It is close to peak season at Port Everglades, Florida’s second-busiest cruise port, yet an air of deep anxiety hangs over the deserted quaysides and departure terminals. With all major cruise lines shuttering operations, countries closing ports to large passenger ships and thousands of workers laid off indefinitely, the $45bn (£35.6bn) US cruise industry is struggling to plot a course through the rough waters of the coronavirus crisis.
In Fort Lauderdale, authorities warned that up to 50,000 passengers might have been in contact with port workers infected with the virus, adding to a public relations nightmare that just days earlier saw one liner with 3,500 aboard refused permission to dock in California and two Florida-based ships ordered to stay at sea temporarily while crew members were tested.
One by one, the big cruise operators announced they were halting operations and mothballing ships, beginning with Princess Cruises, one of Port Everglades’ biggest clients with 18 vessels, Viking Cruises and Disney Cruise Lines on Thursday. Others had fallen into line by Saturday morning. Normally bustling ports including Miami, Port Canaveral, Galveston, New York, Seattle and New Orleans went silent for the first time since the days following 9/11.
The value of the three biggest US cruise lines, Carnival, Royal Caribbean and Norwegian, has continued to tumble on Wall Street to the point of “flat-out ridiculous”, according to market analyst Rick Munarriz of the Motley Fool.
On Thursday shares of Miami-based Carnival Cruise Lines, owners of Princess, plummeted more than 31%, two days after Royal Caribbean withdrew its own market predictions and rearranged finances to increase liquidity by half a billion dollars. Reports of layoffs of port workers, cruise line contractors and crew, and hotel workers came in thick and fast.
It all adds up to the biggest challenge facing the cruise companies since 9/11, experts assert, threatening the survival of smaller players. Until the coronavirus outbreak, growth in the North American cruise industry was steady, with more than 14.2 million passengers expected to travel in 2020 and 19 new cruise ships making their maiden voyages, according to the Cruise Lines International Association.
“This will be a disastrous time for the industry,” said Dr Christopher Muller, a senior professor at Boston University’s school of hospitality administration. “When you have 3,500 people booked on one of these mega cruises and the boat doesn’t go, it’s an enormous expense.
“Someone’s paying for that boat that’s sitting idle in the harbor and it’s very hard to recapture those ongoing fixed-cost losses. Airlines have much smaller capacity vehicles, so while grounding a 150- or even 400-seat airplane is expensive, they can react much quicker.”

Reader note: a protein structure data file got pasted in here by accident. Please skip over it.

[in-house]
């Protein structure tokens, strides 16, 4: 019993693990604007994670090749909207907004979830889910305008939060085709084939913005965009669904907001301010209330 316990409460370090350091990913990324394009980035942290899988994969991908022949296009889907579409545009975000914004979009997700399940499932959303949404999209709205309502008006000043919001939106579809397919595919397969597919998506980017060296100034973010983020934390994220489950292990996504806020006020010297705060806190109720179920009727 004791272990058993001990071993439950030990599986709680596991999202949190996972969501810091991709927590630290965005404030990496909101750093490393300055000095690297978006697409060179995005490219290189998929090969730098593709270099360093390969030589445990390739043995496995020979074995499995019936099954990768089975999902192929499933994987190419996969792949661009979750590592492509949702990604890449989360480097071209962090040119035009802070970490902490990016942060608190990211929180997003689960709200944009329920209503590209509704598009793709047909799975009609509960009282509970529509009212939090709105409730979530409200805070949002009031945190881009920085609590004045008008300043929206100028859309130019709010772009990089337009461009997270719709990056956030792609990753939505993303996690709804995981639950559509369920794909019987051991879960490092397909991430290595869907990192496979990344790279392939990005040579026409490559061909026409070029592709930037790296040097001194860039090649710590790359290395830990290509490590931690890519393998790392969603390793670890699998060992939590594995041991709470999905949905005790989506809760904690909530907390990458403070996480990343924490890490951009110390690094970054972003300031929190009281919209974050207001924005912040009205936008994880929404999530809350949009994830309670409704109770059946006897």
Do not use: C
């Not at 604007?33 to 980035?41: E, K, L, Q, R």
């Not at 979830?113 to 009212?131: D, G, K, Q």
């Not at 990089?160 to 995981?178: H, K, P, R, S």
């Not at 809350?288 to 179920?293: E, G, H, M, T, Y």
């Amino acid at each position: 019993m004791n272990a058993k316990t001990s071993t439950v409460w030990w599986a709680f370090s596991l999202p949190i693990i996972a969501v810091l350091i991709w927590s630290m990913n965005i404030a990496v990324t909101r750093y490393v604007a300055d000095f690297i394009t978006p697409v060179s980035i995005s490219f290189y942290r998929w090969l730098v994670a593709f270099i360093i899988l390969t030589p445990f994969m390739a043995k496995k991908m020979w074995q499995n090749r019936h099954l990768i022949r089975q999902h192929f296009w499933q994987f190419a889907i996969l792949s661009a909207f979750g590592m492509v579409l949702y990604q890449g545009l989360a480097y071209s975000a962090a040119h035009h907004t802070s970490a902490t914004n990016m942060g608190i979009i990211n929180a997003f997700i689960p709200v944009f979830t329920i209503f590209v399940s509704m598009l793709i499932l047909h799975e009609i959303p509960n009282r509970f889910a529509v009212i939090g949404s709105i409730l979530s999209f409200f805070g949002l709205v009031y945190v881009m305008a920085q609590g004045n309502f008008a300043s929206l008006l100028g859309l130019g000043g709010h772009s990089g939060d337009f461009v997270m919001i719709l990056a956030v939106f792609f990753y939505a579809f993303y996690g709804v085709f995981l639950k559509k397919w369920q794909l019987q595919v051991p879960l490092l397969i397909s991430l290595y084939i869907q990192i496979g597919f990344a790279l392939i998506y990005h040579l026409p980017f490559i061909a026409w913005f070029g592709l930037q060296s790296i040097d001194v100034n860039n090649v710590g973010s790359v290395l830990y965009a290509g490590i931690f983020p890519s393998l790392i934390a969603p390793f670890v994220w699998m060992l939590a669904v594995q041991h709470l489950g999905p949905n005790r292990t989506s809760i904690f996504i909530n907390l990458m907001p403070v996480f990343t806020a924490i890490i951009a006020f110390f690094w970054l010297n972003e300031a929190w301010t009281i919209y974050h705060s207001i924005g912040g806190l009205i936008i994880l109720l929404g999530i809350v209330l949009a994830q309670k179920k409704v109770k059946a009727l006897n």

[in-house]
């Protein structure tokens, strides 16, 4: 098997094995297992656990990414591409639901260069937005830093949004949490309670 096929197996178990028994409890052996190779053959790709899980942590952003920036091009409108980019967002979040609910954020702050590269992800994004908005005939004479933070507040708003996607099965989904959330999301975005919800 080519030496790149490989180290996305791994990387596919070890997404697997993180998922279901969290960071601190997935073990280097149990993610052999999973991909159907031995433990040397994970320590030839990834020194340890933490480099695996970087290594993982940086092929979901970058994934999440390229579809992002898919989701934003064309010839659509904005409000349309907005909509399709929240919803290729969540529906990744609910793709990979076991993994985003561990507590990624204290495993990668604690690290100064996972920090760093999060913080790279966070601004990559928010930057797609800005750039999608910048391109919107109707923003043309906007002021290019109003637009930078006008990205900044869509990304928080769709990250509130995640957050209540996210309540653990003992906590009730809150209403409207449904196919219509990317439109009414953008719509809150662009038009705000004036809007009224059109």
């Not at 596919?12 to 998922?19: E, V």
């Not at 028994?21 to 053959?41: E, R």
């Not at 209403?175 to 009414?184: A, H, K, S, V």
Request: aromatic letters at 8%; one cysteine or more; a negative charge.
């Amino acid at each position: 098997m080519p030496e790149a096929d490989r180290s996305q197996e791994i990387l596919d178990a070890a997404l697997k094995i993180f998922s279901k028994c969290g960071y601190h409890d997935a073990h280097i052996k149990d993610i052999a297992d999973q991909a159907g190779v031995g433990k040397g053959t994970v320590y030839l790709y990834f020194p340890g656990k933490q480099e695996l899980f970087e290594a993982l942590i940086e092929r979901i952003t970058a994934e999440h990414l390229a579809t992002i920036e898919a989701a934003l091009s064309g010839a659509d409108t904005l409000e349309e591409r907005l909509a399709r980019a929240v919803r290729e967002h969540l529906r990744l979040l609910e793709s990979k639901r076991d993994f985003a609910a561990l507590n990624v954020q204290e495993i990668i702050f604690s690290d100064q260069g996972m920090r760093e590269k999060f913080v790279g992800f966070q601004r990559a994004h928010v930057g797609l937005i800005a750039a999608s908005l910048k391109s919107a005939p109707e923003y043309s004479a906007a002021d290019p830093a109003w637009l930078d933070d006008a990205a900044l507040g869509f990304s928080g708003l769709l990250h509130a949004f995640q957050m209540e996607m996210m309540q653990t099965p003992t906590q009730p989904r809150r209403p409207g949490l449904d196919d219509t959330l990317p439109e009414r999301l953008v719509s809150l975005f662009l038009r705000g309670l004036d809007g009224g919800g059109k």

Even before this week’s shutdown, anecdotal evidence suggested many customers were rethinking plans or canceling altogether. In response to the US government’s advice for travelers to avoid cruise ships, almost every company eased cancellation policies, seeking to lock in prevaricating customers to post-resumption dates rather than risk losing their business altogether.
Highlighting the dark side of high-pressure cruise trip sales, the Miami New Times reported that agents at Norwegian were instructed to mislead potential customers with false information about coronavirus to secure a sale.
Muller believes the industry will rebound strongly once the crisis passes.
“The logical thing is they will have to have very deep discounts, and those deep discounts will be especially present in the next cycle of cruise seasonality in September,” he said.
“By August and September the consuming public will be enticed to go back on cruises because the pricing is going to be outrageously good with enormous discounts.”
But he warns that images of passengers being stuck at sea on coronavirus-infected ships and confined to tiny cabins will take time to fade.
“The problem is the concept of cruising is that they sell luxury and safety at sea while the recent bad publicity has highlighted the fact that the rooms themselves are very small and that most of that luxury is out and about in crowded, captive places.
“They’ll highlight the things you can do that you can’t do anywhere else, the luxury of this floating hotel going from place to place. But look at that ship off Oakland. If you’re stuck in your cabin, it’s a zombie prison, and that’s the perception [of cruising] right now.”
Vicky Garcia, chief operating officer and co-owner of the Florida-based company Cruise Planners, said the economic effects of the crisis would be felt far beyond the cruise lines and workers.
“It has a trickle-down effect to everybody around us, even furniture companies that sell to cruise ships or whatever, everyone’s going to cut back and do different things,” she said.
“It’s hurting employment and lay-offs significantly. It’ll probably get uglier before it gets better but it’s not going to be here forever. Don’t rush to cancel, wait this out, keep that great cabin, unless you specifically want to book something else.”
When things finally return to normal, Garcia said, cruise lines will be offering attractive deals to entice customers back.
“I always say there’s a price for fear. Right now they may say, ‘I don’t want to go, I’m a little fearful of this Covid-19’, but once the rates start dropping the same people that said no are like, ‘Oh, for that price, yes I’ll book it.’
“As a true comparison, when 9/11 happened, everything stopped, the world stopped moving almost. I worked at a cruise line call center and the phone stopped ringing. As soon as the rates were lowered those same people were calling back. It will turn around. That’s the great thing about the cruise industry, it’s flexible.”
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